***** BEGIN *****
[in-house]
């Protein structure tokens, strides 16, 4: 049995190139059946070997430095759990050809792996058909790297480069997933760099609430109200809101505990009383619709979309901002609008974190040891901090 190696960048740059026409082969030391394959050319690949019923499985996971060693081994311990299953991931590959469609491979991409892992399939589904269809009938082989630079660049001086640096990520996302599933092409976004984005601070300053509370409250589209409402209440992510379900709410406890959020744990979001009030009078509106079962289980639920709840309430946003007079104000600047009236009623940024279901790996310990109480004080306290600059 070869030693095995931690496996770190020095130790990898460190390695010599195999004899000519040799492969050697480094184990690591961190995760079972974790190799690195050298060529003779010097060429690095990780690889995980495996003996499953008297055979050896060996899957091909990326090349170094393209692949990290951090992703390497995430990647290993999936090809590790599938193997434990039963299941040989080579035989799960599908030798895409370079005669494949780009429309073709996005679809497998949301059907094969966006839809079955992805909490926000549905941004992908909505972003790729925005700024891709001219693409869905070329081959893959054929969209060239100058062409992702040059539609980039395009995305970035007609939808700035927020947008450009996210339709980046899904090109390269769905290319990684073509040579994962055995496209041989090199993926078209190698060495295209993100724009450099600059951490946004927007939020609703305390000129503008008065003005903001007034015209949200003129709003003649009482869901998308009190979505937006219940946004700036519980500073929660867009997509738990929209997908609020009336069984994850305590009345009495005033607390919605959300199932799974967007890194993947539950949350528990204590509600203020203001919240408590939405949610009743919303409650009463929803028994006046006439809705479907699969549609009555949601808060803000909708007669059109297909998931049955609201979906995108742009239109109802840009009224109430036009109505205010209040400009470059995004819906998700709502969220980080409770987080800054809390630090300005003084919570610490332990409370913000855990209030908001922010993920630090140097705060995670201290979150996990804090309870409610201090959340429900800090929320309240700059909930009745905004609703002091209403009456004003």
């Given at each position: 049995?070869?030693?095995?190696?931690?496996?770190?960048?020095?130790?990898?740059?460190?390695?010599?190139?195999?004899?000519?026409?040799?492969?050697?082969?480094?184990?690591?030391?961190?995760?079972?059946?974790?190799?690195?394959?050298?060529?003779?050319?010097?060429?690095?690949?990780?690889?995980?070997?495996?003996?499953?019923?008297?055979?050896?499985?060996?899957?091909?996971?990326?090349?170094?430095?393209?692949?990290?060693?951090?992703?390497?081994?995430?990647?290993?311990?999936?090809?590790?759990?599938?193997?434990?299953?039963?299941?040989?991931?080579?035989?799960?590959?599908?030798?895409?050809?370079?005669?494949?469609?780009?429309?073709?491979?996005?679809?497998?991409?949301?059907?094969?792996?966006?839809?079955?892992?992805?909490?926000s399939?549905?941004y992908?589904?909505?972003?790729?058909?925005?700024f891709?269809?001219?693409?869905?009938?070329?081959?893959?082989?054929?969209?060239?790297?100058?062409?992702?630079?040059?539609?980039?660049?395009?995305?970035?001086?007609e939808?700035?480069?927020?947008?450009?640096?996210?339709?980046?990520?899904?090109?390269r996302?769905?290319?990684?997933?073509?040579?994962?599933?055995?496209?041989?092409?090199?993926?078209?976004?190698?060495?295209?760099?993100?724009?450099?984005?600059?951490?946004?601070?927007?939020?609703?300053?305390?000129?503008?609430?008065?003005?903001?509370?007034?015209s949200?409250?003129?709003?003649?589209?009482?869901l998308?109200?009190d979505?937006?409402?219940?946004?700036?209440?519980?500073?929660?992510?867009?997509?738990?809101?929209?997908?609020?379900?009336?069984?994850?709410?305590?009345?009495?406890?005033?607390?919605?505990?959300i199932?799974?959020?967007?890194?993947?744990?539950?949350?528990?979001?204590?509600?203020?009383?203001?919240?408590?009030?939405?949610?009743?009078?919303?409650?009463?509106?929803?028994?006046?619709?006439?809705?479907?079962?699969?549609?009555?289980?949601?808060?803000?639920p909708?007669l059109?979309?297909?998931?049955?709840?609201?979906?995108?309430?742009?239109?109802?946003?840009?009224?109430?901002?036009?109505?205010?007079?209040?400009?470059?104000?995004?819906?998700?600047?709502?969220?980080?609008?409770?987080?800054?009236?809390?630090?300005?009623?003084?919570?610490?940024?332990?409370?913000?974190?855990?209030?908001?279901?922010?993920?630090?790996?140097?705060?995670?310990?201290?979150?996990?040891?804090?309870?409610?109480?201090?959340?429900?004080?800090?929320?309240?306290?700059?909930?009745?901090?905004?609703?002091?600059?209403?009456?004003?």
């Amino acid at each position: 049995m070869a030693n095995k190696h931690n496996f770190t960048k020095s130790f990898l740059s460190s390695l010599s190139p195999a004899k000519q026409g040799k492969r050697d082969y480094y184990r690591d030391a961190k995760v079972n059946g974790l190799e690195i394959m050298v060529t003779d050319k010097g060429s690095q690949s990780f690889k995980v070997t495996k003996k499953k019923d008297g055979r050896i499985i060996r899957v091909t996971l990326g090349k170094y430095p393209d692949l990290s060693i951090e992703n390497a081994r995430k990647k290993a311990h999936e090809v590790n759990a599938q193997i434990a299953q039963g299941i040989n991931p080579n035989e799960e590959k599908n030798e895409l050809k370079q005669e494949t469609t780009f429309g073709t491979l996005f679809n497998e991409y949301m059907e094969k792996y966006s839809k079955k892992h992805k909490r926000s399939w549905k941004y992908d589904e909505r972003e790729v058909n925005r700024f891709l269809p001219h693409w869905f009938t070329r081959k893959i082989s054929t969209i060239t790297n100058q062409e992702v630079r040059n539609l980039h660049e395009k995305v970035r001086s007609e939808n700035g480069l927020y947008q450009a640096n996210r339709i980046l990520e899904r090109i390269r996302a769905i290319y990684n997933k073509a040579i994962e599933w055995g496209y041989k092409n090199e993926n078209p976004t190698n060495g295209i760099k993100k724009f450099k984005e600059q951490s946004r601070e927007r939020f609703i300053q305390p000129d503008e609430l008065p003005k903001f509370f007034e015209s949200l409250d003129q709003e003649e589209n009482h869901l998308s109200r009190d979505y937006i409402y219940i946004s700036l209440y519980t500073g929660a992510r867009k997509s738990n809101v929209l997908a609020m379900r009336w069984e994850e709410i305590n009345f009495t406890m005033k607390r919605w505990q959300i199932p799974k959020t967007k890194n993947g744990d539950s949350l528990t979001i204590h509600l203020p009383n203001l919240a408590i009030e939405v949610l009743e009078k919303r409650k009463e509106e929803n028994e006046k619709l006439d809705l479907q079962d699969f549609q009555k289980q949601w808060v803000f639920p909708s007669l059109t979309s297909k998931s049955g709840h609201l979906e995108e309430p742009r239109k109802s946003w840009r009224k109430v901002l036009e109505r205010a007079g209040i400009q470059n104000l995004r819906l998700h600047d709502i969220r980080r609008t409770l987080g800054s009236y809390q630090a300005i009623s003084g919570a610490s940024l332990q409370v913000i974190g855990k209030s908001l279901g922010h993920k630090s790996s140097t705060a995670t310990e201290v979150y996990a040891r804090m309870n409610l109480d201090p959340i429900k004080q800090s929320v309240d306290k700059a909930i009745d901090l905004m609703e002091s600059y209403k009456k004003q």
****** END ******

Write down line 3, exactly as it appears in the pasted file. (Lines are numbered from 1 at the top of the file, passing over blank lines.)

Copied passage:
């Given at each position: 049995?070869?030693?095995?190696?931690?496996?770190?960048?020095?130790?990898?740059?460190?390695?010599?190139?195999?004899?000519?026409?040799?492969?050697?082969?480094?184990?690591?030391?961190?995760?079972?059946?974790?190799?690195?394959?050298?060529?003779?050319?010097?060429?690095?690949?990780?690889?995980?070997?495996?003996?499953?019923?008297?055979?050896?499985?060996?899957?091909?996971?990326?090349?170094?430095?393209?692949?990290?060693?951090?992703?390497?081994?995430?990647?290993?311990?999936?090809?590790?759990?599938?193997?434990?299953?039963?299941?040989?991931?080579?035989?799960?590959?599908?030798?895409?050809?370079?005669?494949?469609?780009?429309?073709?491979?996005?679809?497998?991409?949301?059907?094969?792996?966006?839809?079955?892992?992805?909490?926000s399939?549905?941004y992908?589904?909505?972003?790729?058909?925005?700024f891709?269809?001219?693409?869905?009938?070329?081959?893959?082989?054929?969209?060239?790297?100058?062409?992702?630079?040059?539609?980039?660049?395009?995305?970035?001086?007609e939808?700035?480069?927020?947008?450009?640096?996210?339709?980046?990520?899904?090109?390269r996302?769905?290319?990684?997933?073509?040579?994962?599933?055995?496209?041989?092409?090199?993926?078209?976004?190698?060495?295209?760099?993100?724009?450099?984005?600059?951490?946004?601070?927007?939020?609703?300053?305390?000129?503008?609430?008065?003005?903001?509370?007034?015209s949200?409250?003129?709003?003649?589209?009482?869901l998308?109200?009190d979505?937006?409402?219940?946004?700036?209440?519980?500073?929660?992510?867009?997509?738990?809101?929209?997908?609020?379900?009336?069984?994850?709410?305590?009345?009495?406890?005033?607390?919605?505990?959300i199932?799974?959020?967007?890194?993947?744990?539950?949350?528990?979001?204590?509600?203020?009383?203001?919240?408590?009030?939405?949610?009743?009078?919303?409650?009463?509106?929803?028994?006046?619709?006439?809705?479907?079962?699969?549609?009555?289980?949601?808060?803000?639920p909708?007669l059109?979309?297909?998931?049955?709840?609201?979906?995108?309430?742009?239109?109802?946003?840009?009224?109430?901002?036009?109505?205010?007079?209040?400009?470059?104000?995004?819906?998700?600047?709502?969220?980080?609008?409770?987080?800054?009236?809390?630090?300005?009623?003084?919570?610490?940024?332990?409370?913000?974190?855990?209030?908001?279901?922010?993920?630090?790996?140097?705060?995670?310990?201290?979150?996990?040891?804090?309870?409610?109480?201090?959340?429900?004080?800090?929320?309240?306290?700059?909930?009745?901090?905004?609703?002091?600059?209403?009456?004003?």